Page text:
October 2016: Hand Surgery and Rehabilitation
Kyle R Eberlin, Anna Babushkina, Juliana Rojas Neira, Chaitanya S Mudgal
PURPOSE: To review the results of periarticular pinning of extra-articular fractures of the proximal phalanx base and shaft. METHODS: A retrospective review was performed of the senior author's practice (C.S.M.) from 2006 to 2012. The inclusion criteria were patients older than 18 years of age who underwent periarticular pinning of base or shaft fractures of the proximal phalanx. Age, sex, fracture location, fracture pattern, and time to surgery were recorded. Outcome measures were range of motion, time to healing, and complication rate...
August 2014: Journal of Hand Surgery
Anoop C Dhamangaonkar, Hemant S Patankar
PURPOSE: To evaluate the outcome for surgical stabilization of middle phalanx shaft fractures with joint-sparing antegrade intramedullary K-wire fixation. METHODS: We treated 15 extra-articular transverse or short oblique shaft fractures of the middle phalanx in 13 patients. All fractures were treated with closed reduction internal fixation with antegrade joint-sparing intramedullary K-wires. Patients had a minimum follow-up of 1 year (range, 1-10 y). We assessed the objective outcome at 6 months by calculating total active range of motion...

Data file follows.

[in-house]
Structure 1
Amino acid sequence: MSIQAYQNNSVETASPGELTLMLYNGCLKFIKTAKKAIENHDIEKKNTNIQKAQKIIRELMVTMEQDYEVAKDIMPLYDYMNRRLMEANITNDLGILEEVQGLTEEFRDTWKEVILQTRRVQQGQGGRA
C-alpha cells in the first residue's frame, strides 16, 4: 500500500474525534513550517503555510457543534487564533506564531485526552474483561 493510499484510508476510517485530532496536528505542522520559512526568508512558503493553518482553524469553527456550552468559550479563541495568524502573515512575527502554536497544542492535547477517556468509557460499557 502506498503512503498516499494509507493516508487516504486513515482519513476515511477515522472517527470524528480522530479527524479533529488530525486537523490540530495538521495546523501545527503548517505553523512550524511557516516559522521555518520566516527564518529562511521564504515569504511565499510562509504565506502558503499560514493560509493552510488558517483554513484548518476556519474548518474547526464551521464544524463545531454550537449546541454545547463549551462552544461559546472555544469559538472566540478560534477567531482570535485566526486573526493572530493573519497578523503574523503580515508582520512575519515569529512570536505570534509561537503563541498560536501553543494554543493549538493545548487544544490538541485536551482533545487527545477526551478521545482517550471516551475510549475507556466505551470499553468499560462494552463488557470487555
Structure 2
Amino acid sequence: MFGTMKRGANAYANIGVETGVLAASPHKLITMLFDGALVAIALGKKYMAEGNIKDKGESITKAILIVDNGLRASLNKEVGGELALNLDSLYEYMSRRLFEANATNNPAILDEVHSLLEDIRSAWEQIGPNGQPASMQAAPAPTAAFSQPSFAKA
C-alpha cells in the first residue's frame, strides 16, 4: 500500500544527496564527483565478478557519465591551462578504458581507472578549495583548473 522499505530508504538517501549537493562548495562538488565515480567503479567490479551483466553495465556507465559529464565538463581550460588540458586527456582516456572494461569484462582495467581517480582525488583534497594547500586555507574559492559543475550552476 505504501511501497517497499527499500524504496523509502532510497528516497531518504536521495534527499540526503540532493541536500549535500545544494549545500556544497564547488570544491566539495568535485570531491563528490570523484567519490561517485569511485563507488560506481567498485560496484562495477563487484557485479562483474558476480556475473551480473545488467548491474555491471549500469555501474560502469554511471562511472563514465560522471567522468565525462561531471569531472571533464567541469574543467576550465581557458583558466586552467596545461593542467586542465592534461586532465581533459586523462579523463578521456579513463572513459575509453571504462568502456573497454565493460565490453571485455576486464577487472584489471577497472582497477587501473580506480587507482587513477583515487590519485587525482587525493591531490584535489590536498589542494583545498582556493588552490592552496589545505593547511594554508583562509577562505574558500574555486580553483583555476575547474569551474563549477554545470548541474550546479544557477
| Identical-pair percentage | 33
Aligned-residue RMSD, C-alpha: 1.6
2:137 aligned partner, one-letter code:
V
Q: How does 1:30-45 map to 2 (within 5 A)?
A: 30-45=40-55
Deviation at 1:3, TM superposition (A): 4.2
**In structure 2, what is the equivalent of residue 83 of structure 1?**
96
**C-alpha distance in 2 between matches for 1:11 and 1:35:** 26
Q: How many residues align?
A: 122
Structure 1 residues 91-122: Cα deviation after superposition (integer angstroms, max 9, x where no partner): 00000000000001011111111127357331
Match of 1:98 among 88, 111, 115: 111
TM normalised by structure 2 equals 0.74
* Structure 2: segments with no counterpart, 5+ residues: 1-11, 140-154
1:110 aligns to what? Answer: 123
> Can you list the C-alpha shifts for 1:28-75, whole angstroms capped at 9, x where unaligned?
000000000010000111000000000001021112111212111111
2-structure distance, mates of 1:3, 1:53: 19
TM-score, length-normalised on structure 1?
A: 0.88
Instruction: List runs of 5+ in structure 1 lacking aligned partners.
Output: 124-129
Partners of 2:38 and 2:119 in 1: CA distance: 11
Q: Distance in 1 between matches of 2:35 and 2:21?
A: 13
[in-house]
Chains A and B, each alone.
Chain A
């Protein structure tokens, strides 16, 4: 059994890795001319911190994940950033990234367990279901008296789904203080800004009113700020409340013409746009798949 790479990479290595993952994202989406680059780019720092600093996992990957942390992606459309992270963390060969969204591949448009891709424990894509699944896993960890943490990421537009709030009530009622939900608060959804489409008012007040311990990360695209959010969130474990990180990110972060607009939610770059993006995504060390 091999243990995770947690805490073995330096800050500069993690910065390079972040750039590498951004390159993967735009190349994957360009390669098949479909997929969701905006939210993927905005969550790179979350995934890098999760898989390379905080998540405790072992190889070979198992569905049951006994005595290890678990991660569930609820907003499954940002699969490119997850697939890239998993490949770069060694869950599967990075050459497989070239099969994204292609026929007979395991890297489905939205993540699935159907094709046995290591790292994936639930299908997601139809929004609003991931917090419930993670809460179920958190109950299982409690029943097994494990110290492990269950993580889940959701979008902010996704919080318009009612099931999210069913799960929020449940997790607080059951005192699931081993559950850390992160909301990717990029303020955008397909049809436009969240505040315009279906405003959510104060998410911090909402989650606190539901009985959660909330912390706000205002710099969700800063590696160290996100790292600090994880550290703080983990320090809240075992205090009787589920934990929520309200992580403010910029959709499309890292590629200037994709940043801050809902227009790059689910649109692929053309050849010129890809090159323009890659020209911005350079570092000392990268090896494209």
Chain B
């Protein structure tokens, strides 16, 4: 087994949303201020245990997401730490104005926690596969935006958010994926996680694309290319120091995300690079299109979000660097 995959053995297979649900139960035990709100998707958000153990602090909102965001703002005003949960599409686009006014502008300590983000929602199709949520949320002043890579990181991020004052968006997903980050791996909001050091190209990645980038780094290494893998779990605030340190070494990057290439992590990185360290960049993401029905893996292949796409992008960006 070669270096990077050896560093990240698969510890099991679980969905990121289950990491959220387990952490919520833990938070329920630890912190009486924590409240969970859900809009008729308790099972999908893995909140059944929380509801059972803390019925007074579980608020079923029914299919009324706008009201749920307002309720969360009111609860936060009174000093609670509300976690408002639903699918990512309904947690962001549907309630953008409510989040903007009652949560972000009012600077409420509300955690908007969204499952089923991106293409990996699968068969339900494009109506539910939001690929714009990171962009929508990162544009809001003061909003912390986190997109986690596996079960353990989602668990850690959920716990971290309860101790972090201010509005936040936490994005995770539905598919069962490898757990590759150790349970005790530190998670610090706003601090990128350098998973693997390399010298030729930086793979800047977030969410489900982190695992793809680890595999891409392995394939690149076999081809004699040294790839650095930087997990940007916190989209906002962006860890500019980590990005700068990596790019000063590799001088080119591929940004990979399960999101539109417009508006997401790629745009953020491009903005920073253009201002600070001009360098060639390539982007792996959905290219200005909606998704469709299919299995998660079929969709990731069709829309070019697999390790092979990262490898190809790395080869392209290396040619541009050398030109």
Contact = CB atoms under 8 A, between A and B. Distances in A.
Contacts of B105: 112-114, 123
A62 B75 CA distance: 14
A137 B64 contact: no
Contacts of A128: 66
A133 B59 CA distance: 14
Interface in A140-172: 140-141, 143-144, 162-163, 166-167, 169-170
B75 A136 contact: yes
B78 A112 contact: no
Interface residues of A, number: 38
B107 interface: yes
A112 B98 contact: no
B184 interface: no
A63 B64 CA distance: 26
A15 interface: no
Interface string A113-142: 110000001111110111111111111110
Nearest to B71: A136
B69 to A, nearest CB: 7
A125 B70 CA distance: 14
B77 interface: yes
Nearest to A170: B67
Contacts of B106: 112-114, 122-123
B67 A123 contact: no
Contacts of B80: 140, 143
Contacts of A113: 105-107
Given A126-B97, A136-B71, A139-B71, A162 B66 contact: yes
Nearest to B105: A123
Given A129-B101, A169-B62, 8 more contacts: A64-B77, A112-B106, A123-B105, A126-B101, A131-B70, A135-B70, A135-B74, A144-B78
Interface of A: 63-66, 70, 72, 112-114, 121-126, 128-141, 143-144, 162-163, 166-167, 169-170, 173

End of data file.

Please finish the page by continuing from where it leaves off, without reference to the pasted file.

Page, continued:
August 2014: Journal of Hand Surgery
R Glenn Gaston, Christopher Chadderdon
Nonsurgical management is the preferred treatment of stable, extra-articular fractures of the proximal and middle phalanx, most distal phalanx fractures, and, rarely, nondisplaced intraarticular fractures in elite athletes. Techniques that afford maximal strength with minimal dissection, thus allowing earlier return to play, are ideal. Open reduction with internal fixation with plate fixation is most often chosen for unstable phalangeal shaft fractures in high-demand athletes to provide rigid internal fixation and allow immediate range of motion and more rapid return to sport...
August 2012: Hand Clinics
Benjamin N Puckett, R Glenn Gaston, Allan E Peljovich, Gary M Lourie, Waldo E Floyd
PURPOSE: Distal condylar phalangeal (DCP) fractures in children are uncommon, but their periarticular location makes them problematic. Malunions are particularly difficult to treat. These fractures are generally thought to have a poor remodeling potential because their location is far from the phalangeal physis. We present 8 cases of DCP malunion in children with a mean 5-year follow-up demonstrating consistent remodeling. METHODS: In this study, DCP fractures were defined as those occurring at or distal to the collateral ligament recess of the proximal or middle phalanx in skeletally immature patients...